Number of Hepatitis Cases in Children is Growing at a Concerning Rate

Number of Hepatitis Cases in Children is Growing at a Concerning Rate

The Center for Disease Control and Prevention (CDC) and the World Health Organization, together with other medical organizations around the world are continuing their investigation of a mysterious outburst of hepatitis cases in children. The number of infections has currently reached almost 350 cases, with UK reporting the highest number of cases, 176, according to The Sun.

While the incidence of cases is on the rise, the CDC has stated that “It is not yet clear whether there has been an increase in the number of cases of hepatitis in children, or improvements in detecting cases“. At the moment, there are ongoing efforts to determine what are the best testing protocols for the fast identification and reporting of these cases by healthcare providers.  

But what are the hepatitis symptoms parents should be on the lookout for?

Hepatitis is characterized by the inflammation of the liver, which is usually caused by a number of viruses, medical treatments, alcohol and, less frequently, by genetic disorders. Unfortunately, at this point, the global medical authorities responsible with the investigation of this outburst have not been able to identify its exact cause.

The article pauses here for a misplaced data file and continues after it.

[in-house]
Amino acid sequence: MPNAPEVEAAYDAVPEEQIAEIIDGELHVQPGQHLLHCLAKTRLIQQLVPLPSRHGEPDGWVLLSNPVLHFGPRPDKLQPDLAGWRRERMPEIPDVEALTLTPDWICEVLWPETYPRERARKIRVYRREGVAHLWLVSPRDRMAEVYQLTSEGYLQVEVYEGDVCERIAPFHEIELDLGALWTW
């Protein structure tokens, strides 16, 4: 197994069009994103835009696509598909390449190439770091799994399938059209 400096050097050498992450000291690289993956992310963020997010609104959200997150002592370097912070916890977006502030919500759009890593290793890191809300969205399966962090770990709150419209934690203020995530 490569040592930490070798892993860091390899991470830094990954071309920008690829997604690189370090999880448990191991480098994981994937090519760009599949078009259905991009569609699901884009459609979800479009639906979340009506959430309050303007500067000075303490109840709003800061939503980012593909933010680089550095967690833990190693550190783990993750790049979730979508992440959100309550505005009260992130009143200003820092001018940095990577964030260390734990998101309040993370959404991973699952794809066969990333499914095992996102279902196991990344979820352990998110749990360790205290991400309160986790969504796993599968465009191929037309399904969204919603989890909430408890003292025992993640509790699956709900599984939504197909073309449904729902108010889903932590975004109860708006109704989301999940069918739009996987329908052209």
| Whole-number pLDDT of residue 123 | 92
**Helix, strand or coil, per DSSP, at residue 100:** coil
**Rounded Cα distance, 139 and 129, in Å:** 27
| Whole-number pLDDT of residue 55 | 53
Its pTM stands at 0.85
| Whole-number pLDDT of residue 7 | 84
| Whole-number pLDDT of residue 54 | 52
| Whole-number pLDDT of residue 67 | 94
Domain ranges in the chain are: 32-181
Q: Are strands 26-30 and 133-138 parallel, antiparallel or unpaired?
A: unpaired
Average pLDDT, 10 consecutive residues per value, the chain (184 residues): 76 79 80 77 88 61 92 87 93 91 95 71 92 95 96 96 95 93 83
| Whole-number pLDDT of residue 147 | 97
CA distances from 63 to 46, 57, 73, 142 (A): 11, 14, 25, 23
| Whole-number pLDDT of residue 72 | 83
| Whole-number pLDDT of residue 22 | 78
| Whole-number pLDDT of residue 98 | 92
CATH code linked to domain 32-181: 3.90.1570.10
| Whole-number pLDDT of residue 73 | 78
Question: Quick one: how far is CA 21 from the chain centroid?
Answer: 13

However, they have issued a list of symptoms that could be associated with the disease, which includes:

  • fever,
  • fatigue,
  • loss of appetite,
  • nausea,
  • vomiting,
  • abdominal pain,
  • dark urine,
  • light-colored stools,
  • joint paint and jaundice (yellowing of the skin).

If any of these symptoms occurs in their children, parents should immediately seek the advice of their healthcare provider or pediatrician. At the same time, parents are advised to teach their children to maintain a good hygiene, avoid people displaying symptoms of illness and abstain from touching their faces, especially their eyes, nose and mouth.

While investigations are carried out all over the world, the European Center for Disease Prevention and Control stated that “at present, the exact cause of hepatitis in these children remains unknown. The incident team in the United Kingdom, where most of the cases have occurred to date, consider that an infective cause is most likely based on the clinical and epidemiological features of the cases under investigation“.





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